How To Play China in 2013
Lee is a member of The Motley Fool Blog Network -- entries represent the personal opinion of the blogger and are not formally edited.
Investors looking for a read on the global economy usually take an interest in mining equipment company Joy Global’s (NYSE: JOY) results and in previous years they have had good reason. The two key drivers of its prospects in recent years have been Chinese demand for coal (more or less a proxy for steel demand) and US coal demand. In this article I want to highlight a few economic indicators with which investors can monitor prospects for Joy Global. In addition I’m going to warn that JOY is possibly not going to be as useful an indicator in the future.
US Coal Demand
Starting with the US, the world knows that the shale gas revolution in the US has seen gas marginally replacing coal as an energy source for electricity generation. Indeed JOY pointed out that the share of power generation coming from coal fell to 33% from 43% by April but has risen to 38% as natural gas prices rose in the summer.
In addition in the earnings release it pointed out that coal from the Powder River Basin was competitive at $2.50, then Illinois Basin at $3.00 and then Central Appalachia at $4.00. So if you want to know about JOY’s US coal prospects then I would suggest keeping an eye out for natural gas prices.
Here are spot prices courtesy of the US Energy Information Association (EIA).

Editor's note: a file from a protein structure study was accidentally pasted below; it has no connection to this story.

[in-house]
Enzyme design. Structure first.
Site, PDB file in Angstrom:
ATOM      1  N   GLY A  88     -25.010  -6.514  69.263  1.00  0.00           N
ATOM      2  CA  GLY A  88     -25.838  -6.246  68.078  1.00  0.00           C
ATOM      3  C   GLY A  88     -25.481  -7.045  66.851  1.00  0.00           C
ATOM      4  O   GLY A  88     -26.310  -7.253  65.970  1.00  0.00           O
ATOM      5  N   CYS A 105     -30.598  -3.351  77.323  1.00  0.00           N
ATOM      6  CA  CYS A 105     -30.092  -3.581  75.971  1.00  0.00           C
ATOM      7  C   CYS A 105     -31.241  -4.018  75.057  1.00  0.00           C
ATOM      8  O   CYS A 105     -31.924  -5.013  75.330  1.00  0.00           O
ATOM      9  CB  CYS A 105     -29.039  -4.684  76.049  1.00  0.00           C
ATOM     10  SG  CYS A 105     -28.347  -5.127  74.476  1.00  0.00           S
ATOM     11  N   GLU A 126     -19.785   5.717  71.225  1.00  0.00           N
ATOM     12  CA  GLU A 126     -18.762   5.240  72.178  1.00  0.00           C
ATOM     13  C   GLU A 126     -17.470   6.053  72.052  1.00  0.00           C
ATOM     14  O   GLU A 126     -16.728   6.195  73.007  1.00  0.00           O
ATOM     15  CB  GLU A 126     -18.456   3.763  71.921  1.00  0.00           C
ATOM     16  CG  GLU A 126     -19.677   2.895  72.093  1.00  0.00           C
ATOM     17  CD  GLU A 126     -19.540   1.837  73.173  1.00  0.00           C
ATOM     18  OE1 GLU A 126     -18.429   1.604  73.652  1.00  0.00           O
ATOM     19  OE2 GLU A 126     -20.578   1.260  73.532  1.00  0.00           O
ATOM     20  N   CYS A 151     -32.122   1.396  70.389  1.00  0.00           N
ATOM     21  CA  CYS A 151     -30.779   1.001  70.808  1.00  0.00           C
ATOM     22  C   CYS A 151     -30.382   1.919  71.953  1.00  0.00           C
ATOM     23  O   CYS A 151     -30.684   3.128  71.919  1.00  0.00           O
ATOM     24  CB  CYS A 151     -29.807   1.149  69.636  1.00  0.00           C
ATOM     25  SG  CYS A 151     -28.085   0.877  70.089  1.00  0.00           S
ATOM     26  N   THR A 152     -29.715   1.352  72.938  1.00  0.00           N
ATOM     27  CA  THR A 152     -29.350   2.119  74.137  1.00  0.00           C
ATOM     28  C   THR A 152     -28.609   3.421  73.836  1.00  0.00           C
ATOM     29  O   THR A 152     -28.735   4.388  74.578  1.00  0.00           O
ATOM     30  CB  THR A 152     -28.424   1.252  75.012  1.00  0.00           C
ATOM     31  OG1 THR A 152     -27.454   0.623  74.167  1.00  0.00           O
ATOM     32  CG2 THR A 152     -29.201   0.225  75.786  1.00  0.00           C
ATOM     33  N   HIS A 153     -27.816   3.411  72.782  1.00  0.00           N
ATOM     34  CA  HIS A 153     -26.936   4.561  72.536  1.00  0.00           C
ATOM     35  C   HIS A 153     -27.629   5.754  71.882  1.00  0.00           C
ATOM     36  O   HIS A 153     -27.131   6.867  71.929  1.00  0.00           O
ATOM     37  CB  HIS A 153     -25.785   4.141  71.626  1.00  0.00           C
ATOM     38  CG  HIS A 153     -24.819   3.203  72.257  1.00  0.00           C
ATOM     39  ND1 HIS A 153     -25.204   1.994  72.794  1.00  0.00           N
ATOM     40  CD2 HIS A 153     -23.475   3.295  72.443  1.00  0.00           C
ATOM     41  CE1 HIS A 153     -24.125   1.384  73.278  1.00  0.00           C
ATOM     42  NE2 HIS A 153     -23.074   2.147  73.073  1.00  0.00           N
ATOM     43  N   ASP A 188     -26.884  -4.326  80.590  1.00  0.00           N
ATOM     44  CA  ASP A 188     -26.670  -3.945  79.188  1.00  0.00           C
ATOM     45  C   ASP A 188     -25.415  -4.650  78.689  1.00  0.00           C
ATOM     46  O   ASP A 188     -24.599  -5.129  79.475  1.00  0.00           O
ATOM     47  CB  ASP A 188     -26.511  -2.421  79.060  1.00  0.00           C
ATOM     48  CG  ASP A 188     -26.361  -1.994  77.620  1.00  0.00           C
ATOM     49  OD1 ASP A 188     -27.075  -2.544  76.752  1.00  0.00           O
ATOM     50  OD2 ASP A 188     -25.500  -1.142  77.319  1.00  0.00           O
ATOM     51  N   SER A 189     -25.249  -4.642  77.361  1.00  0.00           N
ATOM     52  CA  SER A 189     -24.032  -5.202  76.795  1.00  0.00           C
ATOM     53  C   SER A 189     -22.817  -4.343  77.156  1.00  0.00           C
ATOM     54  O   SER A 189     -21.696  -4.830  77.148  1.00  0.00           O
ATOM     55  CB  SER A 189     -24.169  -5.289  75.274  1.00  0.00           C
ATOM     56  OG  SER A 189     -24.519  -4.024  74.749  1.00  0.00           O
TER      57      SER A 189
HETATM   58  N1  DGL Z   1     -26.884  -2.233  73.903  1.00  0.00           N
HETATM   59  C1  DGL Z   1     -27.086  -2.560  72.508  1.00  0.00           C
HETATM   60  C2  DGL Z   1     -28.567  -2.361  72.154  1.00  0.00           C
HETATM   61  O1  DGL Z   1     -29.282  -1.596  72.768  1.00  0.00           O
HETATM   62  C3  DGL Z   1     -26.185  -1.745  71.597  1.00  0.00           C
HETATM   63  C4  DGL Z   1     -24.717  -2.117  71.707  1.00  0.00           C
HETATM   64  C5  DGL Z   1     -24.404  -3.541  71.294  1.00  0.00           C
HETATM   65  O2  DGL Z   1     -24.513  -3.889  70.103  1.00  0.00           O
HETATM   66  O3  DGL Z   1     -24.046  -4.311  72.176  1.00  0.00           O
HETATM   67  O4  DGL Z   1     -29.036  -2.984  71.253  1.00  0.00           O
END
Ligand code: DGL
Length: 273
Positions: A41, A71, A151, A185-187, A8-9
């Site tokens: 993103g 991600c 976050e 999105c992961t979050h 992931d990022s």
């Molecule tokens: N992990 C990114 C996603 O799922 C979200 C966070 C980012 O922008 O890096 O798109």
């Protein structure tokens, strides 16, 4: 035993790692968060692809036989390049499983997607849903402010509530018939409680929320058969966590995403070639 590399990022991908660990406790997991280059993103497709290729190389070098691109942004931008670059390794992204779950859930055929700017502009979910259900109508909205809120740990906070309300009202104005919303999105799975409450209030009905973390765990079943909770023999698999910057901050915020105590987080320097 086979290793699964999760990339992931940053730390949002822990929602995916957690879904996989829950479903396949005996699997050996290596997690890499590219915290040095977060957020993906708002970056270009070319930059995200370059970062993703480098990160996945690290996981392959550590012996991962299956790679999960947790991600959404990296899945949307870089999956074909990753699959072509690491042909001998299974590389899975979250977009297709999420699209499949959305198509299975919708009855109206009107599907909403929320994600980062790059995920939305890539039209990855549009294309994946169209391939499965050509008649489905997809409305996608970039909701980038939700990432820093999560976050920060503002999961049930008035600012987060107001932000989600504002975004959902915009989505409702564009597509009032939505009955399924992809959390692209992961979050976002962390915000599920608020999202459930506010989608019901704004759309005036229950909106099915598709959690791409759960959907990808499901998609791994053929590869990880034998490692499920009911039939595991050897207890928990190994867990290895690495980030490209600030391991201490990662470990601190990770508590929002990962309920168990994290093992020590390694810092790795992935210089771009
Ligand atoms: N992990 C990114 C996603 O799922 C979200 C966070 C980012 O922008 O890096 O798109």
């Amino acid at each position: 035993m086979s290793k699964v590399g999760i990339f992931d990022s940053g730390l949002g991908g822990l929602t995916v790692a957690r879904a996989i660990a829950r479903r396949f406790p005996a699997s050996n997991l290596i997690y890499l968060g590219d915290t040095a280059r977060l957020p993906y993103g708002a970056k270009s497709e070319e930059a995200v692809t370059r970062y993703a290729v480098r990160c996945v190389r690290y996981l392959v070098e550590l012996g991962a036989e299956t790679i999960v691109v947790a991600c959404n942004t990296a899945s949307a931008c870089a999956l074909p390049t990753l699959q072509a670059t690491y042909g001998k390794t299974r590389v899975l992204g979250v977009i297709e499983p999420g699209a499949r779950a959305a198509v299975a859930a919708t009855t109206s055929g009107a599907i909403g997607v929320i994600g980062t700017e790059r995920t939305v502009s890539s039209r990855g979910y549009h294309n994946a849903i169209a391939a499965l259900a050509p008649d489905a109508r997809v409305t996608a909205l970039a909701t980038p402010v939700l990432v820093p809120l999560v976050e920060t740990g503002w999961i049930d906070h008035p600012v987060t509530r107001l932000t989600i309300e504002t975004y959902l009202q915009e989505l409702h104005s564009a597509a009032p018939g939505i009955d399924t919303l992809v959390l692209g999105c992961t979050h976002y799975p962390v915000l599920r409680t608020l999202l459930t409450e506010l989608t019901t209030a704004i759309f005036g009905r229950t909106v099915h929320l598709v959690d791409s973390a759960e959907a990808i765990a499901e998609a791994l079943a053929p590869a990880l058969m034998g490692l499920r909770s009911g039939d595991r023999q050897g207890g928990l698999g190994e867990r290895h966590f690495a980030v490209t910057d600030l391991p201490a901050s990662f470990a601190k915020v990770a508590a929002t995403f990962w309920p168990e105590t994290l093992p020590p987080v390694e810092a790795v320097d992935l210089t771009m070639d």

The trend has been looking better in recent months but is nowhere near pre-recession levels. Nor is it anywhere near the 2008 boost where a lot of hedge funds purchased natural gas in order to use as energy to produce hot air.
Another great indicator for JOY investors is the US rail carloads of coal from the American Association or Railroads (AAR) which can be accessed here. The coal charts are on page 10 and they indicate a tick up in November but they are still tracking way below the previous years’ numbers. In addition there doesn’t seem to be any slowdown in the US to try and expand gas production. I wouldn’t get too excited by coal just yet.
China’s Fixed Asset Investment
The Chinese economy has been categorized by huge increases in the amounts of investment in housing and construction over the last decade. The question isn’t whether that was where its economy came from, but rather where it is going?
For the current picture, investors can look at the official statistics from the National Bureau of Statistics of China website which is linked here. The latest numbers show a slowing in the rate of growth and particularly from private investment.
It is not hard to see that private sector investment growth has been slowing this year amidst a slowdown in China’s rate of economic expansion.
Now I am going to confess something here. I listen to a lot of earnings conference calls and read a lot of reports and one familiar refrain this year has been the idea that China’s stimulus spending was going to kick in and drive growth in the second half of 2012. Many companies are holding out for hope in this regard and the latest catalyst is seen as coming from the regime change in China.
There are two questions here. The first is whether the stimulus will kick in and the second is which companies will benefit?